If you have a child or children in college, or perhaps you or your spouse is a student, it can be confusing to figure out which of two potential education tax credits (1) you are eligible for and (2) gives you the greater tax benefit. This article looks at some of the twists and turns of these credits.
There are two higher-education tax credits: the American Opportunity Tax Credit (AOTC) provides up to $2,500 worth of credit for each student, 40% of which may be refundable. The credit is equal to 100% of the first $2,000 of college tuition and qualified expenses and 25% of the next $2,000. The AOTC only applies to the first 4 years of post-secondary education.
The other credit is the Lifetime Learning Credit (LLC), which only provides a maximum $2,000 of credit (20% of up to $10,000 of eligible expenses) per family per year. None of it is refundable, meaning it can only be used to offset your tax liability, and any additional credit amount is lost.
Here are some of the issues that arise with these two credits:
1. Many students attend local colleges for the first two years and then transfer to a university for the remainder of their education. Knowing the university tuition will be higher, some parents take the LLC and wait on the AOTC, thinking they can use it in years with higher tuition and get a larger credit. This isn’t a good plan because the AOTC credit is only good for the first four years of post-secondary education. Thus, it is always better to claim the AOTC in the first four years.
2. A special rule allows the tuition for an academic period that begins in the first three months of the next year to be paid in advance and thus increase the amount of tuition qualifying for the credit in the year the tuition is paid. This allows for planning when to make tuition payments to maximize credits, especially in the first partial calendar year.
Example: Jill graduated from high school in June and will start college in September. Her tuition and credit-qualifying expenses for the semester covering the last four months of the year and January of the next year are $1,500. Her mother, Cindy, is aware of the 3-month rule, and in December she prepays Jill’s $1,700 tuition for the semester beginning February 1 of the next year, bringing the qualifying expenses to a total of $3,200. The AOTC is equal to 100% of the first $2,000 of qualifying expenses and 25% of the next $2,000. Thus the AOTC for Jill is $2,300 ($2,000 + 25% of $1,200). Cindy could increase the credit for the year to the full $2,500 maximum by purchasing $800 worth of course materials needed for “meaningful attendance or enrollment” in Jill’s course of study.
3. Qualifying expenses other than tuition are often overlooked. Taxpayers can take advantage of a tax regulation that specifies for the AOTC that qualifying expenses include course materials needed for “meaningful attendance or enrollment” whether purchased from the school or an outside vendor. However, for the Lifetime Learning Credit only course material purchased from the school qualifies.
4. Taxpayers also often overlook another very important fact: Whoever claims the student as a dependent gets to claim the education credit even if someone else paid for the tuition and qualified expenses.
Example: Suppose Jill’s Uncle Lee pays her tuition but Cindy, her mother, claims Jill on her tax return. Cindy is the one who qualifies for and receives the credit.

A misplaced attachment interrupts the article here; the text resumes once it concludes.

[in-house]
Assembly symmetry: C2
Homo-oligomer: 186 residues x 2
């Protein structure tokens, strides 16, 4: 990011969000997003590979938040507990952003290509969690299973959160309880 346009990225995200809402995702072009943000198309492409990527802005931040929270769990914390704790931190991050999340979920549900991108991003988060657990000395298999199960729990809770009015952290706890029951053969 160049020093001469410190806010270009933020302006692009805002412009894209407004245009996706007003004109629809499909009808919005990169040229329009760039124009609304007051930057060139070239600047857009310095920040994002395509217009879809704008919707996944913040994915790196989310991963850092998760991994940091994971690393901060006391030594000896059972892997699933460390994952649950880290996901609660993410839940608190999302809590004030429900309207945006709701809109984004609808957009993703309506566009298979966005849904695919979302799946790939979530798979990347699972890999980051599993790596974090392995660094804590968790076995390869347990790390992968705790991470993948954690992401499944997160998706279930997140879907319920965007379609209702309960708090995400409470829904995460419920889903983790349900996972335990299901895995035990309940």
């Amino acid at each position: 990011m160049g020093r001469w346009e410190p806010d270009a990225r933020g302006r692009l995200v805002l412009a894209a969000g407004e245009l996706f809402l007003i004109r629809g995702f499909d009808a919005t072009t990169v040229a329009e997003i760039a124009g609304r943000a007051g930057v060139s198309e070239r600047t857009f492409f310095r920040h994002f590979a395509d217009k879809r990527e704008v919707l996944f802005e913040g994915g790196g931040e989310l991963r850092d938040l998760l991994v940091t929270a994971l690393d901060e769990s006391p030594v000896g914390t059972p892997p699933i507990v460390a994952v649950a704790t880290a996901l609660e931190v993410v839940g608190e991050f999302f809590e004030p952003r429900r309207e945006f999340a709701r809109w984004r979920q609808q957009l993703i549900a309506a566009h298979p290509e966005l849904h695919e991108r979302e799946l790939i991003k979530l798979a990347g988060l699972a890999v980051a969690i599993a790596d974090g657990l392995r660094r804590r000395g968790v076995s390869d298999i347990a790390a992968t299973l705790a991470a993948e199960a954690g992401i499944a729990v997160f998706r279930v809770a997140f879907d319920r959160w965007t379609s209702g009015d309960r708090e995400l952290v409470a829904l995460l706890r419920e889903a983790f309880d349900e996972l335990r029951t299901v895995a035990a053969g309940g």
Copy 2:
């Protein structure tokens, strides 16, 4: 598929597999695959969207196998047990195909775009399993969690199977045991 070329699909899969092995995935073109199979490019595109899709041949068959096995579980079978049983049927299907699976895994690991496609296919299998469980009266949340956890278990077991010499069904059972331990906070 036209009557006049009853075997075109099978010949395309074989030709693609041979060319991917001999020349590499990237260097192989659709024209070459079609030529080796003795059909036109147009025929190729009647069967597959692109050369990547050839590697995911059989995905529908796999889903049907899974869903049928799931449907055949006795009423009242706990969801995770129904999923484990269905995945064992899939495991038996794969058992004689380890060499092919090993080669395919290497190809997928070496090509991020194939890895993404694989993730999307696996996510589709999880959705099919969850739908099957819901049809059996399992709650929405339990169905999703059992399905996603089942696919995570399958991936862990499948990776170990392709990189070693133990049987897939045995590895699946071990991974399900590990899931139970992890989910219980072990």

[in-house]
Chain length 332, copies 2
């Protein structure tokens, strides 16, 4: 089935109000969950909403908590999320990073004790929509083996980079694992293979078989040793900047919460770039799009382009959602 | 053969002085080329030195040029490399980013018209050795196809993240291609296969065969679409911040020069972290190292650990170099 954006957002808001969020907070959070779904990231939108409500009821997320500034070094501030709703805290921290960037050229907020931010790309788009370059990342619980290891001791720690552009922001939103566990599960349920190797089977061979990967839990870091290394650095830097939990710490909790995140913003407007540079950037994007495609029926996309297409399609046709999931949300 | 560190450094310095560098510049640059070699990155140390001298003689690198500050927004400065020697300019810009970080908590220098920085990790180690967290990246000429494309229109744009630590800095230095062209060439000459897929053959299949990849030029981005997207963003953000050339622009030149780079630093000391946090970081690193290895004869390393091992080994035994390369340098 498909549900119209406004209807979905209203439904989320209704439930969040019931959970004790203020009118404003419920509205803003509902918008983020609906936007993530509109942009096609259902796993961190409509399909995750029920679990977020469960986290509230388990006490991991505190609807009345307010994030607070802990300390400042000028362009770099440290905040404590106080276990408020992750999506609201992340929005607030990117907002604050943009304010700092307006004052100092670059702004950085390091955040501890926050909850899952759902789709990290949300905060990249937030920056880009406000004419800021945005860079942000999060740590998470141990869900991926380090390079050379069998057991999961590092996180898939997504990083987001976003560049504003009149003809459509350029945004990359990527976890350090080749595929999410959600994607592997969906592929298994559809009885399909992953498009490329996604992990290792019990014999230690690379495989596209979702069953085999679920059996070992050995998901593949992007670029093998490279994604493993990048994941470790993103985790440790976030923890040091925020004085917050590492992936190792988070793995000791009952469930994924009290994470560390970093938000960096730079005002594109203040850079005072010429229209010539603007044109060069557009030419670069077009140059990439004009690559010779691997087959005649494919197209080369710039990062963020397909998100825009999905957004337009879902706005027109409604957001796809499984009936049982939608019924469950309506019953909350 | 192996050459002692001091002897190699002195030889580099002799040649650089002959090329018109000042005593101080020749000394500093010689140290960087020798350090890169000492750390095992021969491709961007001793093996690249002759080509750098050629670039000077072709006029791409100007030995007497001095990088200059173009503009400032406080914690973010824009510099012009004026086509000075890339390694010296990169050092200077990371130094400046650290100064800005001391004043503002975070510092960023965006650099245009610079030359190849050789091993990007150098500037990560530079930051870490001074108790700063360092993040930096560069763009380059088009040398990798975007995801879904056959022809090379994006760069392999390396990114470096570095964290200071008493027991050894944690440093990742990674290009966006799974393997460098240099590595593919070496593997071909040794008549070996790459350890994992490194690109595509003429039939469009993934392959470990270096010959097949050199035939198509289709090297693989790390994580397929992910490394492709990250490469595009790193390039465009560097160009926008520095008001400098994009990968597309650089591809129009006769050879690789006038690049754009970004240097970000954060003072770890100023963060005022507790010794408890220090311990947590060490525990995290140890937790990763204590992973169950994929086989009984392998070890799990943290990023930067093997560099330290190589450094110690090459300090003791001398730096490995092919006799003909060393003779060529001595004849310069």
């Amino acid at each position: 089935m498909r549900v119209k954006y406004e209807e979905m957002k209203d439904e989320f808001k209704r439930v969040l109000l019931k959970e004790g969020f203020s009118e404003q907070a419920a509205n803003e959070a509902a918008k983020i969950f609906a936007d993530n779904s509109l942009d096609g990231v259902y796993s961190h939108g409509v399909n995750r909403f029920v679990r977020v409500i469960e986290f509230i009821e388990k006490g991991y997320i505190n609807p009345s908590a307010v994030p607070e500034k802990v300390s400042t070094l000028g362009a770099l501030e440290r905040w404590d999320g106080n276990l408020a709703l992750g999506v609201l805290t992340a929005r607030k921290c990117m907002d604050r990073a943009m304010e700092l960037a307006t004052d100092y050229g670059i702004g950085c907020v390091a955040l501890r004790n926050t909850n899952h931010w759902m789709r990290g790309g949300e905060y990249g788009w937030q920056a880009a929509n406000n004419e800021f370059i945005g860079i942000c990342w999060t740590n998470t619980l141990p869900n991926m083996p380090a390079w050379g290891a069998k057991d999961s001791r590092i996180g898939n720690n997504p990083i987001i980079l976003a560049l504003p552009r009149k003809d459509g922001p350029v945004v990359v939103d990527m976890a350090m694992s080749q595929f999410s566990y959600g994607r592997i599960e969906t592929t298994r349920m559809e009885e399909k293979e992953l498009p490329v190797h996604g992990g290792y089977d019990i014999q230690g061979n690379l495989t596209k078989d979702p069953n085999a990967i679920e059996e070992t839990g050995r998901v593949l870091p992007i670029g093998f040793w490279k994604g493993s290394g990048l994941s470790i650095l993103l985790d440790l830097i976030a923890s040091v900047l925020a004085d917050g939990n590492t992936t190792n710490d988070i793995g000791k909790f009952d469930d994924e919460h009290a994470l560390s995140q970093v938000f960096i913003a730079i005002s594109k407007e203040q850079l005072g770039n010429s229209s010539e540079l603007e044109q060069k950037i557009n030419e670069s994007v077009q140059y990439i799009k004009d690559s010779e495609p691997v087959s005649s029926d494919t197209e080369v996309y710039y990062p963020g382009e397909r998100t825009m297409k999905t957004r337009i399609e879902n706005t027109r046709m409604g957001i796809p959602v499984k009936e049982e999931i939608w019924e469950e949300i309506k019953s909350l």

5. What many also overlook is the fact that the AOTC and LLC are phased out for higher-income taxpayers based on their adjusted gross income (AGI). The phaseout kicks in for AGIs between $160,000 and $180,000 for married taxpayers filing jointly, and between $80,000 and $90,000 for others. As an exception, married taxpayers filing separately aren’t eligible to claim either credit. In past years the phaseout ranges were different for the AOTC and LLC, but in a simplification move, Congress made them the same starting with 2021 returns.
So, if the parent claiming the student has an AGI above the phaseout range, regardless of who paid the tuition and qualified expenses, no one will be able to claim the credit. Thus, it is important to consider the income of the individual who is claiming the student as a tax dependent when there is an option of who claims the child, such as in cases of some divorced parents.
6. Because of gift tax issues, a person other than the one qualifying for the credit, such as a grandparent, may hesitate to volunteer to pay a tuition expense. Where payments are made directly to the educational institution, they are excluded from gift tax rules. However, depending on the amounts involved, there may be a gift tax reporting requirement if a monetary gift is given to the student or the individual who is claiming the credit and then the gift money is used to pay tuition.
7. A question that often comes up is whether tuition payments to a trade school or foreign university will count toward the education credit. To qualify for the credit, the tuition must be paid to any accredited public, nonprofit or proprietary post-secondary institution eligible to participate in the student aid programs administered by the Department of Education. This would rule out foreign educational institutions because they don’t qualify for the student aid program administered by the Department of Education, but it would generally include most accredited public nonprofit or privately owned, profit-making post-secondary educational institutions in the U.S.
As you can see, there are several aspects of the education credits that must be considered. If you need assistance with education planning or have questions about the education tax credits as they apply to your particular circumstances, please call our office.